We got as far as the airpost only to find that it was closed. There are thousands of people milling about, and we are told that a Turkish airliner has crashed-no one injured, but it has blocked the one runway in and out of Kathmandu. There is no word on when it will be cleared. We find out later that Nepal does not have the resources or equipment to move it. A huge crane is being flown in from India.
Within our group there are those who see adversity as a lesson in patience. I am not one of those. I have been here long enough, and this not knowing is only going to increase the stress. I was ready to leave having had an incredible journey up to this point. I am frustrated, and out of patience. As a westerner, not versed in patience as a way of life, frustration gets stuffed, and goes right to my liver which is already taxed, and is buried along with other frustrations and anger so old as to be long forgotten. It is a beggar in the street. I have developed a stuffing process so efficeint and quick that I don't have the time to notice the damage which is part of what brought me here. Perhaps I am seeing this wrong. Several of us are already ill. Maybe there is more frustration than I realize.
So for the record, I am frustrated and angry with fate which I define as my inability to accept what is. We know that a cancelled flight is not rescheduled. Tomorrow, for the airlines, is just another day with already scheduled flights. We are out of Nepal rupies, and now feeling that we need to conserve US dollars. We can use credit cards, but with each additional day the bill runs up.
Here is the problem. There is one way out of Nepal-to Delhi. At least from Delhi there are options. We are now told that the jet blocking the runway collapsed part on the runway, part off, and the front landing gear is stuck in the mud. It may take 2-3 days to get it moved.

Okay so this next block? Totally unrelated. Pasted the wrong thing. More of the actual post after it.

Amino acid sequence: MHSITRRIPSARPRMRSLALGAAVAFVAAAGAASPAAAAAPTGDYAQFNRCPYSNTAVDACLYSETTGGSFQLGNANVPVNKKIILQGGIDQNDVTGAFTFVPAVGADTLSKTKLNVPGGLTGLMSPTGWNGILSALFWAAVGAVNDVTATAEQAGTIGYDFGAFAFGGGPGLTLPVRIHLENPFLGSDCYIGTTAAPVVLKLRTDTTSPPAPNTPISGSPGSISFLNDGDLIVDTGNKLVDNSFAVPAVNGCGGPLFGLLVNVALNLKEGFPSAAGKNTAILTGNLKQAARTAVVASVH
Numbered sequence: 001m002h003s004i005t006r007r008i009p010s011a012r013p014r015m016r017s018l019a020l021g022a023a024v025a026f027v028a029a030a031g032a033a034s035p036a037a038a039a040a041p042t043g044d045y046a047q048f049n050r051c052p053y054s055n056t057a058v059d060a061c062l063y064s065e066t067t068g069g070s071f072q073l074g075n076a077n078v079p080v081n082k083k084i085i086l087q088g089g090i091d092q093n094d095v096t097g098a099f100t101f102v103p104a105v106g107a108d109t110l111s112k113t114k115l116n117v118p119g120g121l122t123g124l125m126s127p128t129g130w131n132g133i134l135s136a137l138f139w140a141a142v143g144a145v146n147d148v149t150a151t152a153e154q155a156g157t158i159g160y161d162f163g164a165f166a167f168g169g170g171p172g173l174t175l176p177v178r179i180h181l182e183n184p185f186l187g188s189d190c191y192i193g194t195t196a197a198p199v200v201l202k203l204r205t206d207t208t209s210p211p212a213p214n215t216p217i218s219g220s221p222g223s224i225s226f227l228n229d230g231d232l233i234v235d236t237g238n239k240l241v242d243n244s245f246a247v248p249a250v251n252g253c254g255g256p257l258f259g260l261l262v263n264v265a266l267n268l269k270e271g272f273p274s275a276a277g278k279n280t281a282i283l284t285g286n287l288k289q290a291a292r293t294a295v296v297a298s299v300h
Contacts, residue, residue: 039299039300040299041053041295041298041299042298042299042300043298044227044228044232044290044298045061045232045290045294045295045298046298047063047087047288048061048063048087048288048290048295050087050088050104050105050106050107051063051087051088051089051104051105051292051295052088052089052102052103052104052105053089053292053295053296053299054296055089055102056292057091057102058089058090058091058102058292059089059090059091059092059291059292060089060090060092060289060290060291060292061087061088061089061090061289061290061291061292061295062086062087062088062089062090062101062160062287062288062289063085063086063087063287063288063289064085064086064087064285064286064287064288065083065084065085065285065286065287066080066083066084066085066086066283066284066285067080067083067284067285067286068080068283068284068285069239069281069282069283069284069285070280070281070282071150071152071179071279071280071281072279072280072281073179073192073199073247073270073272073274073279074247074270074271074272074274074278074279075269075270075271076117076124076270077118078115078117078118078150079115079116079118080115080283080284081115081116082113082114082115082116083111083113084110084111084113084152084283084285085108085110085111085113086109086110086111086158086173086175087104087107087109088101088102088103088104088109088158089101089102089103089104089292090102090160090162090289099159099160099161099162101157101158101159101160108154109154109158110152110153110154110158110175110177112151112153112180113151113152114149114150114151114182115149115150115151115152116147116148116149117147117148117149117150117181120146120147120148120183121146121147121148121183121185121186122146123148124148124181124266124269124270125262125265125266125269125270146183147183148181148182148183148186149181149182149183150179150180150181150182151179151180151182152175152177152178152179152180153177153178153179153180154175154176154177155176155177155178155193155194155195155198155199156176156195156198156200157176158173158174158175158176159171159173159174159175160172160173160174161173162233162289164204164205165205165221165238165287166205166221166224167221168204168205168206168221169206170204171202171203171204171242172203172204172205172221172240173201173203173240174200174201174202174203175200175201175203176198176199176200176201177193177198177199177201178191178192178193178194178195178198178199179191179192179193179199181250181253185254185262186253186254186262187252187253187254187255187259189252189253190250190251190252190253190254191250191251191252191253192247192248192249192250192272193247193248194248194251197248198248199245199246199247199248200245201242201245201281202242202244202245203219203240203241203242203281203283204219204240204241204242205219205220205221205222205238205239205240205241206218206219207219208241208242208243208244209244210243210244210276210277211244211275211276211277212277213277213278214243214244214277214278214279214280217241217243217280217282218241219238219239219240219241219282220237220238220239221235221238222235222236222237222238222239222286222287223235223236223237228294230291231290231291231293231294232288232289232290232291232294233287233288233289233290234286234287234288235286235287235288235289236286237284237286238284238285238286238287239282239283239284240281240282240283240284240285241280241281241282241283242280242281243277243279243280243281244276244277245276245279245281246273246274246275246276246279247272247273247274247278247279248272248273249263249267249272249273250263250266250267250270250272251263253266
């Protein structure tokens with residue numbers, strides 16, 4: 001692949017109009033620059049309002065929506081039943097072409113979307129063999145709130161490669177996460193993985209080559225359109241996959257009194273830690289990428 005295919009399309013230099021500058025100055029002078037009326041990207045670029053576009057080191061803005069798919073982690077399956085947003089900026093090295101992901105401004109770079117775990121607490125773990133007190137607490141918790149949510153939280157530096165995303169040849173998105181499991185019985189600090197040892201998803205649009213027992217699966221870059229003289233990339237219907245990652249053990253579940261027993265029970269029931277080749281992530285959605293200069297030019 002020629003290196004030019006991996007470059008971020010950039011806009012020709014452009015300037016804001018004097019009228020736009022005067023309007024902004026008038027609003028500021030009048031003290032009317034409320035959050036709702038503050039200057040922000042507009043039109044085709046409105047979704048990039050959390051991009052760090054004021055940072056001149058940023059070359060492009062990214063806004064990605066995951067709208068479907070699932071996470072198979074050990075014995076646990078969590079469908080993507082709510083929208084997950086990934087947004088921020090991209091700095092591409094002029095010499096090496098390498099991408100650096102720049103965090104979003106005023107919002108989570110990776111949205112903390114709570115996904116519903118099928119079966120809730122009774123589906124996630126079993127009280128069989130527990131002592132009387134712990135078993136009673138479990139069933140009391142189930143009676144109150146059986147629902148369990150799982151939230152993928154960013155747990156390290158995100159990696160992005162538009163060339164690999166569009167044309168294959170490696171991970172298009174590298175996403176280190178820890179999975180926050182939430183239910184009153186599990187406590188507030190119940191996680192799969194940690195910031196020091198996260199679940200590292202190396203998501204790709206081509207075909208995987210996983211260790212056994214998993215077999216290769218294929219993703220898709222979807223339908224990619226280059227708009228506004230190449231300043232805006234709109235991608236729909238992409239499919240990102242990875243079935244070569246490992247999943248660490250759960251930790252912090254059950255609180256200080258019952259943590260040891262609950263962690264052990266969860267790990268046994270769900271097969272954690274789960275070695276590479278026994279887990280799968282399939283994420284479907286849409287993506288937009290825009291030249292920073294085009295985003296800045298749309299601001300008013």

Mar. 5-Started Tibetan meds as I am running low on BP meds. Moving rooms-to the VIP room we are told. We are told that we can stay at the current motel for the time being. It seems that Nepal is cut off from the rest of the world.
Meditated just now, and trying to stay in the moment or as Rinpoche would say of Nepal "if you can't do it here, then where." I had an interesting conversation with him last night as he knew that I was frustrated by our circumstances. I left the rest of the group at dinner to talk with two Gypsy guitarists who were playing. I explained my frustrations with a renewed "trapped" feeling, with feeling old and fragile. He said he appreciates my honesty and that I have a right to my feelings.
We are now hearing that the plane crash was in the fog. Visibility was down to 1000 feet, they call if at 900 feet. There were also 2000 migrant workers trying to get to Malaysia, now with no accomadations from their airline. They are stranded without a place to stay. We are more fortunate. Today is a national holiday-Holi Day. It is a beautiful clear day, very rare for Kathmandu. We went to the Bodha stupa to walk Kora or clockwise around the stupa with several hundred other humans, all ages, different races, different beliefs-all having the same experience, contemplating their existance beneath this all-seeing stupa. Also today I was able to get the meds I needed, across the counter at a pharmacy without a prescription for a couple of bucks. Incredible. Someone said today: "Where would you rather be stranded than Kathmandu.
Some members of the group are sick-intestinal stuff, colds. Others are emotionally at the limit with jobs and family responsibilities. I started at my limit, have had frustrations and profound experiences, and still I am here and relatively okay. I get that this is life, and not in my control. It's been a day at a time for nearly 27 years. I simply forgotten. Sat at the Roadhouse rooftop cafe for lunch listening to jazz, looking at the peaks and watching people do Kora around the stupa. Could be worse. It is just this not knowing.